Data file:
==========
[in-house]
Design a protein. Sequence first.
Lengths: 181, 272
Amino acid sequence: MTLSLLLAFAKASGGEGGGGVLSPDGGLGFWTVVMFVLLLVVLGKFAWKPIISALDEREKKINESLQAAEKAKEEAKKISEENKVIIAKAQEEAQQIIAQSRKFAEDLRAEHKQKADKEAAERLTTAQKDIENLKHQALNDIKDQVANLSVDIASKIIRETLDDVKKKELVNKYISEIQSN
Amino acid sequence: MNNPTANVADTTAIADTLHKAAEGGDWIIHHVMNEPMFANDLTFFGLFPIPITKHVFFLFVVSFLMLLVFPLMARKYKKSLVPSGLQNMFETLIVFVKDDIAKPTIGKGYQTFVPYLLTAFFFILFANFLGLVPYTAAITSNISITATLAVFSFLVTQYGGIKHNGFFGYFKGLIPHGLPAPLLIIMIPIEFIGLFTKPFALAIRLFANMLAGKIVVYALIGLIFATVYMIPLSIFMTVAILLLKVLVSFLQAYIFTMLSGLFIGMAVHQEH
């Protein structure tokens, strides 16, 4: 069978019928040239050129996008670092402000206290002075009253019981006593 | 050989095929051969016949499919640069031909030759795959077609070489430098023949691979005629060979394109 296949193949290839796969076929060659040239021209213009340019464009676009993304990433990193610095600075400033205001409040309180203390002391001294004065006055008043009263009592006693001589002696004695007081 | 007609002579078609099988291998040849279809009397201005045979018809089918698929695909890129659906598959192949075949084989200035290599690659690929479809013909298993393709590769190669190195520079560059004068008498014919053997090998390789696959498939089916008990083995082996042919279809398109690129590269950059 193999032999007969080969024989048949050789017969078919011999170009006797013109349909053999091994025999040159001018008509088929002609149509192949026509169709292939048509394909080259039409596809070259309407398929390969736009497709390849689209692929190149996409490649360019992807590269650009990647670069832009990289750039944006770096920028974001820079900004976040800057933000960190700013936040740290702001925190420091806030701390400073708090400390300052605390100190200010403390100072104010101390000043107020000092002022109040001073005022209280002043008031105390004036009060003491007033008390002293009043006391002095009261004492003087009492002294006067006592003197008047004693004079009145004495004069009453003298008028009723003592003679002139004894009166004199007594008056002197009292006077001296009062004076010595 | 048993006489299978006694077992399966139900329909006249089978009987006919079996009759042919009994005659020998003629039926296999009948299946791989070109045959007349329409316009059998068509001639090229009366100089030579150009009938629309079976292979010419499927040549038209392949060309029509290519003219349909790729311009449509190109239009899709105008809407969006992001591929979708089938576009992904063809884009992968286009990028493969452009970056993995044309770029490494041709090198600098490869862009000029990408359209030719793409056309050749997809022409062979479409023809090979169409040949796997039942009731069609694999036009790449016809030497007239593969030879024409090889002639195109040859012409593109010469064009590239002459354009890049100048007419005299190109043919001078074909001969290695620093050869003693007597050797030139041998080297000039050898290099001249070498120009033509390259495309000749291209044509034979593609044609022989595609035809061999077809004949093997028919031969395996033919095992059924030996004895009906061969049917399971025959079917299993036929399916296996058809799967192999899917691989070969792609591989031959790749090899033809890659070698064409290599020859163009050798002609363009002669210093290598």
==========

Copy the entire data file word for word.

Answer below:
[in-house]
Design a protein. Sequence first.
Lengths: 181, 272
Amino acid sequence: MTLSLLLAFAKASGGEGGGGVLSPDGGLGFWTVVMFVLLLVVLGKFAWKPIISALDEREKKINESLQAAEKAKEEAKKISEENKVIIAKAQEEAQQIIAQSRKFAEDLRAEHKQKADKEAAERLTTAQKDIENLKHQALNDIKDQVANLSVDIASKIIRETLDDVKKKELVNKYISEIQSN
Amino acid sequence: MNNPTANVADTTAIADTLHKAAEGGDWIIHHVMNEPMFANDLTFFGLFPIPITKHVFFLFVVSFLMLLVFPLMARKYKKSLVPSGLQNMFETLIVFVKDDIAKPTIGKGYQTFVPYLLTAFFFILFANFLGLVPYTAAITSNISITATLAVFSFLVTQYGGIKHNGFFGYFKGLIPHGLPAPLLIIMIPIEFIGLFTKPFALAIRLFANMLAGKIVVYALIGLIFATVYMIPLSIFMTVAILLLKVLVSFLQAYIFTMLSGLFIGMAVHQEH
């Protein structure tokens, strides 16, 4: 069978019928040239050129996008670092402000206290002075009253019981006593 | 050989095929051969016949499919640069031909030759795959077609070489430098023949691979005629060979394109 296949193949290839796969076929060659040239021209213009340019464009676009993304990433990193610095600075400033205001409040309180203390002391001294004065006055008043009263009592006693001589002696004695007081 | 007609002579078609099988291998040849279809009397201005045979018809089918698929695909890129659906598959192949075949084989200035290599690659690929479809013909298993393709590769190669190195520079560059004068008498014919053997090998390789696959498939089916008990083995082996042919279809398109690129590269950059 193999032999007969080969024989048949050789017969078919011999170009006797013109349909053999091994025999040159001018008509088929002609149509192949026509169709292939048509394909080259039409596809070259309407398929390969736009497709390849689209692929190149996409490649360019992807590269650009990647670069832009990289750039944006770096920028974001820079900004976040800057933000960190700013936040740290702001925190420091806030701390400073708090400390300052605390100190200010403390100072104010101390000043107020000092002022109040001073005022209280002043008031105390004036009060003491007033008390002293009043006391002095009261004492003087009492002294006067006592003197008047004693004079009145004495004069009453003298008028009723003592003679002139004894009166004199007594008056002197009292006077001296009062004076010595 | 048993006489299978006694077992399966139900329909006249089978009987006919079996009759042919009994005659020998003629039926296999009948299946791989070109045959007349329409316009059998068509001639090229009366100089030579150009009938629309079976292979010419499927040549038209392949060309029509290519003219349909790729311009449509190109239009899709105008809407969006992001591929979708089938576009992904063809884009992968286009990028493969452009970056993995044309770029490494041709090198600098490869862009000029990408359209030719793409056309050749997809022409062979479409023809090979169409040949796997039942009731069609694999036009790449016809030497007239593969030879024409090889002639195109040859012409593109010469064009590239002459354009890049100048007419005299190109043919001078074909001969290695620093050869003693007597050797030139041998080297000039050898290099001249070498120009033509390259495309000749291209044509034979593609044609022989595609035809061999077809004949093997028919031969395996033919095992059924030996004895009906061969049917399971025959079917299993036929399916296996058809799967192999899917691989070969792609591989031959790749090899033809890659070698064409290599020859163009050798002609363009002669210093290598």